Colville Community Forum
Colville Terrace 1900s. In 1963, the year of the Profumo affair and Rachman slum housing revelations, the Colville film 'West Eleven' was adapted by Michael Winner from 'The Furnished Room' novel by the long-standing Portobello market trader Laura del Rio. The classic North Kensington kitchen-sink melodrama is partly set on Colville Terrace on the south side of Powis Square. Alfred Lynch stars as the archetypal local anti-hero ‘Joe Beckett', who is offered £10,000 to commit a murder. In the opening sequence he walks through Powis Square to his bed-sit on Colville Terrace, passing the future location of Mick Jagger's house in 'Performance'.
A young David Hemmings appears as a local hooligan in Powis Square and Diana Dors as a beat girl. Halliwell called it a ‘dingy but not very convincing ‘realist' melodrama with jazzy style which induces weariness.' The 'West Eleven' theme is by the jazz clarinetist Acker Bilk and also features the jazz/skiffle trumpeter Ken Collyer. Michael Winner's grandfather had a tailor's shop at 167/9 Portobello Road, round the corner of Colville Terrace next to the Star bar.
Colville Terrace began the 20th century well-to-do but some time before World War 2 the houses became multi-occupied. The street suffered some bomb damage in the Blitz and hosted the local communists' headquarters. In the late 50s numbers 2, 9, 10, 19, 22 and 24 were Rachman houses occupied by West Indian immigrants and prostitutes, including Majbritt Morrison who wrote the 'Jungle West 11' book. In the 1958 riots they became targets for the fascist-influenced local mob. In 1960 the basement of number 24 was put under police surveillance and duly established to be a brothel. Michael de Freitas, who was living on the top floor, was arrested but the police couldn't prove he was the landlord.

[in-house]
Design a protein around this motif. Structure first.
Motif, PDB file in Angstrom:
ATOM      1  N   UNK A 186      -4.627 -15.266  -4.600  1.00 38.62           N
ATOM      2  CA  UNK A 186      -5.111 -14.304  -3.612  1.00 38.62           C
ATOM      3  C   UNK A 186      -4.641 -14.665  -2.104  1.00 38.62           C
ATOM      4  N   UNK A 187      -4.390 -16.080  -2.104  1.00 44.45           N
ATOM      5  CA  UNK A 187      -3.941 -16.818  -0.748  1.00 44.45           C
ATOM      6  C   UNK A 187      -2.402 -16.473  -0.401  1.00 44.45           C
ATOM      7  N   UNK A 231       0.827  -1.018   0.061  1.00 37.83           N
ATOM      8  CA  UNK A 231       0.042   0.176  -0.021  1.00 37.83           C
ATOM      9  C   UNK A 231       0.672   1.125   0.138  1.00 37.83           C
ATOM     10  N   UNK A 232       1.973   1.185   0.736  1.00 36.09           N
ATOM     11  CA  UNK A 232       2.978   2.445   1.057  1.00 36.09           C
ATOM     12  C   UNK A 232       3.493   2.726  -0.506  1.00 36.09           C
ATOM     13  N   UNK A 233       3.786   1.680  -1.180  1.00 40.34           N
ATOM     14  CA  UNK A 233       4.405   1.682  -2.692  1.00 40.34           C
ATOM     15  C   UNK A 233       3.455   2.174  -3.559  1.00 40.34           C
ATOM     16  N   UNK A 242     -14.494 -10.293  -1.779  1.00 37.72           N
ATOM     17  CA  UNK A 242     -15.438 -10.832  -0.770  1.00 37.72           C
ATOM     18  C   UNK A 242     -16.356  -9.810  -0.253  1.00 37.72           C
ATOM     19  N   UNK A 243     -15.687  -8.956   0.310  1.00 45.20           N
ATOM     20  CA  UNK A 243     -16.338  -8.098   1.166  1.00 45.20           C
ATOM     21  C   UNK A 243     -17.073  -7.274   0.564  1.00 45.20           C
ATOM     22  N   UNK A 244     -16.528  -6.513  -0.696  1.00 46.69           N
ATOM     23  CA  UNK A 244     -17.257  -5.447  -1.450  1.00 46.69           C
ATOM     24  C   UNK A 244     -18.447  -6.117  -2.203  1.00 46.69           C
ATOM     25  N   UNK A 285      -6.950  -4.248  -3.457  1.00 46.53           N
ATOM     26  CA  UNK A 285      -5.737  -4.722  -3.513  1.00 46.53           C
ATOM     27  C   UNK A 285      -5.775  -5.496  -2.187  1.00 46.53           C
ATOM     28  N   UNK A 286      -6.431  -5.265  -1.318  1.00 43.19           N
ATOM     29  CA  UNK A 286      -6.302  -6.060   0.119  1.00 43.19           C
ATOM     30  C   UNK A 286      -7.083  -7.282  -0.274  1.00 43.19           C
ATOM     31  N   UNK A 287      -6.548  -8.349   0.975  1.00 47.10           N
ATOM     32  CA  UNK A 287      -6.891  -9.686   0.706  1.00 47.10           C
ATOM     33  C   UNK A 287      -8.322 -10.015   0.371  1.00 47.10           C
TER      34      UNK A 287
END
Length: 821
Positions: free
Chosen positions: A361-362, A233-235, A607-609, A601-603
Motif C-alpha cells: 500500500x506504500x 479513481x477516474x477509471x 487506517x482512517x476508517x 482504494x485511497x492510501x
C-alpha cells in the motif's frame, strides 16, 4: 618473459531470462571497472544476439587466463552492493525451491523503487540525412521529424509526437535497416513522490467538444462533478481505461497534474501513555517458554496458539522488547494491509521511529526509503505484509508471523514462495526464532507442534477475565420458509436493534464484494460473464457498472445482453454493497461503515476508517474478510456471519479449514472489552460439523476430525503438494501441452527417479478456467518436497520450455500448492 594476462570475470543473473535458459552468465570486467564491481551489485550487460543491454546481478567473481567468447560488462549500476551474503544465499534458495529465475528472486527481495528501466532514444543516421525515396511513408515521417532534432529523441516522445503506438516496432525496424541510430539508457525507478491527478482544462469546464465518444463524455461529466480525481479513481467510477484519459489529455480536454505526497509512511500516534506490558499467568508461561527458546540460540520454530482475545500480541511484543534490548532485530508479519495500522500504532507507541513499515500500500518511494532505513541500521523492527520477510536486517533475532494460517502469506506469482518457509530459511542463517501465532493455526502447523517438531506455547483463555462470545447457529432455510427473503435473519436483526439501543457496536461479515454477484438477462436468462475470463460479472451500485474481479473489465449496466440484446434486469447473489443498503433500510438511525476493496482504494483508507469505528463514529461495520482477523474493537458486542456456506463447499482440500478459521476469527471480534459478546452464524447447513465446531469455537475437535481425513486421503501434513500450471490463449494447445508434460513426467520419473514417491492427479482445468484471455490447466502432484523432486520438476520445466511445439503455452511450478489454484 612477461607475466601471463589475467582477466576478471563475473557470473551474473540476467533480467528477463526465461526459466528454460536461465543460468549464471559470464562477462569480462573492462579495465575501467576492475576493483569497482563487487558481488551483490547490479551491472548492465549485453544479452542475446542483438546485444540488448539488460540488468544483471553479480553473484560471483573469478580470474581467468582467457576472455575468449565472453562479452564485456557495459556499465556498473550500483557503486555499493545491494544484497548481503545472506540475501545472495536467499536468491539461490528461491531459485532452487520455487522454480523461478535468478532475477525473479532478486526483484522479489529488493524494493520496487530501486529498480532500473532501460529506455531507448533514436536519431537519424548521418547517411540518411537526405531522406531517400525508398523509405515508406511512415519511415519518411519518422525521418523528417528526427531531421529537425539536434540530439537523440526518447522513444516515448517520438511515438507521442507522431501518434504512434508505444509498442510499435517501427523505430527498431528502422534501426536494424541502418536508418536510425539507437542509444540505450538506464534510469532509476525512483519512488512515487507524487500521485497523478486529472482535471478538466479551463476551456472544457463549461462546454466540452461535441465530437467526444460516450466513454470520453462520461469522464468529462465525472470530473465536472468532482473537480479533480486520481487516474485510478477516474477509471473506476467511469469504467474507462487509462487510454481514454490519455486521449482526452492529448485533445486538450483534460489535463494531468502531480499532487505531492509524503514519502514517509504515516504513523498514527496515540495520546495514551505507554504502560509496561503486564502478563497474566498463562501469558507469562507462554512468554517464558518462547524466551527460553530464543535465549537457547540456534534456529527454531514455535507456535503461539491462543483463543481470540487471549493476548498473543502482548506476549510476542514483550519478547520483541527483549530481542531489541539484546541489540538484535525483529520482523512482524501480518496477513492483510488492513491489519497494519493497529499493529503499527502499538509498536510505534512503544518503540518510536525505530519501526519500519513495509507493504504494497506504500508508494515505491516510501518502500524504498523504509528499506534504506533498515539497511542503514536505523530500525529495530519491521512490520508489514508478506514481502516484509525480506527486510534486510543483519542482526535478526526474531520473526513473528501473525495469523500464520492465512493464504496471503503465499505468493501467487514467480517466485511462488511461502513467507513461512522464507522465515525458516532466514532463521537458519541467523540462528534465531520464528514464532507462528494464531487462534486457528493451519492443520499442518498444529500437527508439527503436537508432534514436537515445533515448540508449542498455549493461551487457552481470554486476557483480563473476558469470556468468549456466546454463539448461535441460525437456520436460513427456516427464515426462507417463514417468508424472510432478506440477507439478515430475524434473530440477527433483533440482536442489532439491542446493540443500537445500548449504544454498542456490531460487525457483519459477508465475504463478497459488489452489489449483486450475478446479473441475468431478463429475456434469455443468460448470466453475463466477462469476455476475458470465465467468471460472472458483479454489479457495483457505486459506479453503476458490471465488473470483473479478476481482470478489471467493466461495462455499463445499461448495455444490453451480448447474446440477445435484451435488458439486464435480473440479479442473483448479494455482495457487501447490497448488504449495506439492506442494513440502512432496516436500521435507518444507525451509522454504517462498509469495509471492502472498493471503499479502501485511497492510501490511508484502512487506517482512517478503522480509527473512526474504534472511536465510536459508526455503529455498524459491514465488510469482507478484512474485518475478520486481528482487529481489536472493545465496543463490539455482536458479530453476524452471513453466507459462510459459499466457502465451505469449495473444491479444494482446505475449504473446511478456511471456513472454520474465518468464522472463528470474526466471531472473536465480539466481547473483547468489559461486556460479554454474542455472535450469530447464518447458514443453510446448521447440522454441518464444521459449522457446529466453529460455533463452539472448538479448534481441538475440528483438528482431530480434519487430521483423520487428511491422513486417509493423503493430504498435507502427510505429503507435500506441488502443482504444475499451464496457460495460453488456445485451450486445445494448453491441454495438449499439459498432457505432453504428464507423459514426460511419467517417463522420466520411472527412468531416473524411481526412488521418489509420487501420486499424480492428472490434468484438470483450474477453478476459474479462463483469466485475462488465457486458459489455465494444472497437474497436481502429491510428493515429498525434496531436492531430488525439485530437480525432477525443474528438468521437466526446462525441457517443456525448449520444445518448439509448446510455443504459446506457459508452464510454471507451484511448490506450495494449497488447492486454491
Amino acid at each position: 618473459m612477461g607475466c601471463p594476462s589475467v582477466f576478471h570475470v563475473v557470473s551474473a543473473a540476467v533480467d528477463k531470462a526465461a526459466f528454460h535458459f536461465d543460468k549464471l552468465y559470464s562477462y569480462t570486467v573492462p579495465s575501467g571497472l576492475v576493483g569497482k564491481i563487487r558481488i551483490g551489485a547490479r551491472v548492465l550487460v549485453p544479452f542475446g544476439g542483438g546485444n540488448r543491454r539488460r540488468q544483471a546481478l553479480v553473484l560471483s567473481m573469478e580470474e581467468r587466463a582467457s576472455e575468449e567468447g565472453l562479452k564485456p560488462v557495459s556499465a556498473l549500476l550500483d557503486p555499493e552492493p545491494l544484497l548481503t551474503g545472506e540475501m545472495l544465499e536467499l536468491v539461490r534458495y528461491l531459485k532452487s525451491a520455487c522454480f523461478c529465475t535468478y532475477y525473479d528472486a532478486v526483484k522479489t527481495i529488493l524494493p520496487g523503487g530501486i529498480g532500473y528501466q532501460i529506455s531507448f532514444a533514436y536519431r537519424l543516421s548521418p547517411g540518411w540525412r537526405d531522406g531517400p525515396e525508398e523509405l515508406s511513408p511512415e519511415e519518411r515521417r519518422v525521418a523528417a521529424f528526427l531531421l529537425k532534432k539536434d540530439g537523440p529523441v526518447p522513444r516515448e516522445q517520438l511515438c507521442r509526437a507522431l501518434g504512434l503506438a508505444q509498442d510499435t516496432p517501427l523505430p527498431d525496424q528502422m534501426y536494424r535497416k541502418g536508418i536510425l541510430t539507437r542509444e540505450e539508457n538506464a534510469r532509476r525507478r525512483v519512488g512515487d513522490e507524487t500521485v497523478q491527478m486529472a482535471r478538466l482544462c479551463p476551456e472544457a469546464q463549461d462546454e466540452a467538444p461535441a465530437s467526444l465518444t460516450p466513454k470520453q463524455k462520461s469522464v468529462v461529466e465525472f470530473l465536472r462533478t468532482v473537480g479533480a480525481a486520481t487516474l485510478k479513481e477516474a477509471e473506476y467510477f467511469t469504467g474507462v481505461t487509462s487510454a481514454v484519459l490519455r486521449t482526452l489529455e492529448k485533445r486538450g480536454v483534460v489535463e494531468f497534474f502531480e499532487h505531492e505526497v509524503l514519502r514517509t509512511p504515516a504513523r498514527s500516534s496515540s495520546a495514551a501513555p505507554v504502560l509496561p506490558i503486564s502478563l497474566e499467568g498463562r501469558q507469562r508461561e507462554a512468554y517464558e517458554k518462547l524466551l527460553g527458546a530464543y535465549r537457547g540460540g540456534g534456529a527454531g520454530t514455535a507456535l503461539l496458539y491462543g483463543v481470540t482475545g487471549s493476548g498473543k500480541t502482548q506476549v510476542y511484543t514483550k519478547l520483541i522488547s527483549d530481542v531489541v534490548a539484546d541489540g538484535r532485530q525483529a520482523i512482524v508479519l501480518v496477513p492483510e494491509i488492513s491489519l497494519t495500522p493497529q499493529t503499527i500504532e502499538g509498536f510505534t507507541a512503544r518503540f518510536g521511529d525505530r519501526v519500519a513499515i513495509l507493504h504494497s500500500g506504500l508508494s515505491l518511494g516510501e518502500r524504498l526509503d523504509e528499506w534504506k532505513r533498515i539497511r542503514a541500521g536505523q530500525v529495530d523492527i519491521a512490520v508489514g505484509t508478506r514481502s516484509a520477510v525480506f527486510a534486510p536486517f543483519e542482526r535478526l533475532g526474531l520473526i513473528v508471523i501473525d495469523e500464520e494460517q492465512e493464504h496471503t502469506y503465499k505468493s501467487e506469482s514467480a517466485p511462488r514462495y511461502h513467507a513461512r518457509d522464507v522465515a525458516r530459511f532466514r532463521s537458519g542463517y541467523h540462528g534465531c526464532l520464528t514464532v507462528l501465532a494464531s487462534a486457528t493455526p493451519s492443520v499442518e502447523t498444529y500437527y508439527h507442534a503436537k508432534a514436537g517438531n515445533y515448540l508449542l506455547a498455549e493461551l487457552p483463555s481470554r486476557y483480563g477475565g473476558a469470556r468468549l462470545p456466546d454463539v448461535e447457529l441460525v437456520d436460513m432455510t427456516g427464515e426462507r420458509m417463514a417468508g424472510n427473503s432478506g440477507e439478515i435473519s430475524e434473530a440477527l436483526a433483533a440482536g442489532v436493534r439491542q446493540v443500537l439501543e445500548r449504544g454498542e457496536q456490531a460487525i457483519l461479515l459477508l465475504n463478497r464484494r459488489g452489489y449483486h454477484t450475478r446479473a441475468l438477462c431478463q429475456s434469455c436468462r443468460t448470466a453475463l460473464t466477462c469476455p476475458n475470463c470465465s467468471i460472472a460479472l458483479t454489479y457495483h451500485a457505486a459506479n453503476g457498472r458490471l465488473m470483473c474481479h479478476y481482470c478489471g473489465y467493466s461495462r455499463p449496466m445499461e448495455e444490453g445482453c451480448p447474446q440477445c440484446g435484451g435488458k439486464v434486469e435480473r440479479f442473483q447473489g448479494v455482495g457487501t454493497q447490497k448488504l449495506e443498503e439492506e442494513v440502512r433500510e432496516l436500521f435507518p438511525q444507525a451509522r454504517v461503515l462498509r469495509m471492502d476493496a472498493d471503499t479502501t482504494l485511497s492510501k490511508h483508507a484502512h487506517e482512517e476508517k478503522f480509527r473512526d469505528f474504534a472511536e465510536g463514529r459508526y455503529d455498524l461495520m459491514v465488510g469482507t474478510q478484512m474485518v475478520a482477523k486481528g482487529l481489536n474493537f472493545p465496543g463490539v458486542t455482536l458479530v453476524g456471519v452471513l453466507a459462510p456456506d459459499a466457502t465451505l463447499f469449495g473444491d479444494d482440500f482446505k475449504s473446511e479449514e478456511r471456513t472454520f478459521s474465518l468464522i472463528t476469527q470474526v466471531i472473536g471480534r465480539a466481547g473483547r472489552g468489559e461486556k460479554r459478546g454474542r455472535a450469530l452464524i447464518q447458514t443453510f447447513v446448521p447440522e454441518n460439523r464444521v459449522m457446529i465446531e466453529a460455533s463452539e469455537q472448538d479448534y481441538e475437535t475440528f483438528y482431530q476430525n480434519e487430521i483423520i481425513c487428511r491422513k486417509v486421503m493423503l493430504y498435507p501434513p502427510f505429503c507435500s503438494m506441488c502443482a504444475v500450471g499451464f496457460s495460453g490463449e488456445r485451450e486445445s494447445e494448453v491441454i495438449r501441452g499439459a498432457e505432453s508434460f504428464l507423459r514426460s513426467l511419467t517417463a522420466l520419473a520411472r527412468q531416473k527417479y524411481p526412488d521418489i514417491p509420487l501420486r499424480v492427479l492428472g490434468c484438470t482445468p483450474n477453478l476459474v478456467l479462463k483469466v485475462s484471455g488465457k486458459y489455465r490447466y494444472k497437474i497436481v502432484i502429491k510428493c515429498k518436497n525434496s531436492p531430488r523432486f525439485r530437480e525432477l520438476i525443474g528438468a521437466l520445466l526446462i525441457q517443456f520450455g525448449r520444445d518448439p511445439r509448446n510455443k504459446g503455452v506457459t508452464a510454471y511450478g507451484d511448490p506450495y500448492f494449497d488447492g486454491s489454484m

Colville Terrace also hosted several West Indian blues clubs including Sheriff's gym and the Barbadian La Paloma. In the early 70s number 42, at the east end of Powis Square, became renowned as the gay hippy commune, which was evicted and re-housed by Notting Hill Housing Trust. The Colville Nursery Pat McDonald gates are dedicated to the People's Association community activist play worker, who was murdered by her husband.
The street is associated with several Michaels; as well as de Freitas/X/Abdul Malik, the Rachman associate Black Power leader, there's Horovitz, the ongoing local beat poet; Moorcock, the sci-fantasy author Hawkwind member, and the film director Winner. The next most renowned residents after Michael X are Horovitz and Moorcock. The hippy doctor Sam Hutt-turned-alternative country and western singer Hank Wangford is another. In 'Performance' in 1968 James Fox, as the gangster Chas, arrives on Colville Terrace on the west corner of Powis Square. In 1976 Marvin Gaye was photographed at the same place. The wall between Colville Road and Powis Square featured ‘Rachman was right' graffiti. In 2007 the junction with Portobello Road was transformed back to the 60s for a scene in 'Hippie Hippie Shake', the yet to be released film of the memoirs of the Oz magazine editor Richard Neville.
Colville Gardens 1900s. The Notting Hill slum king Peter Rachman was dead, but as the Kensington News put it, 'now smaller property kings have mushroomed up, this evil man's incredibly complex slum empire continues, under the guidance of his minions, and this is in 1963, when men are being shot into space.'
After the landlord of 1-9 Colville Gardens, Henry Bowen-Davies, was alleged to have used Alsatian dogs, tinkers and prostitutes 'to dislodge' sitting tenants, Davies Investments Limited proceeded to sub-divide flats and re-let them at the same rent as the originals. The Notting Hill People's Association was formed in 1967, when it emerged that the property company had been declared bankrupt, to force 'the need for non-profit ownership of 1-9 Colville Gardens into the consciousness of the Conservative Council.'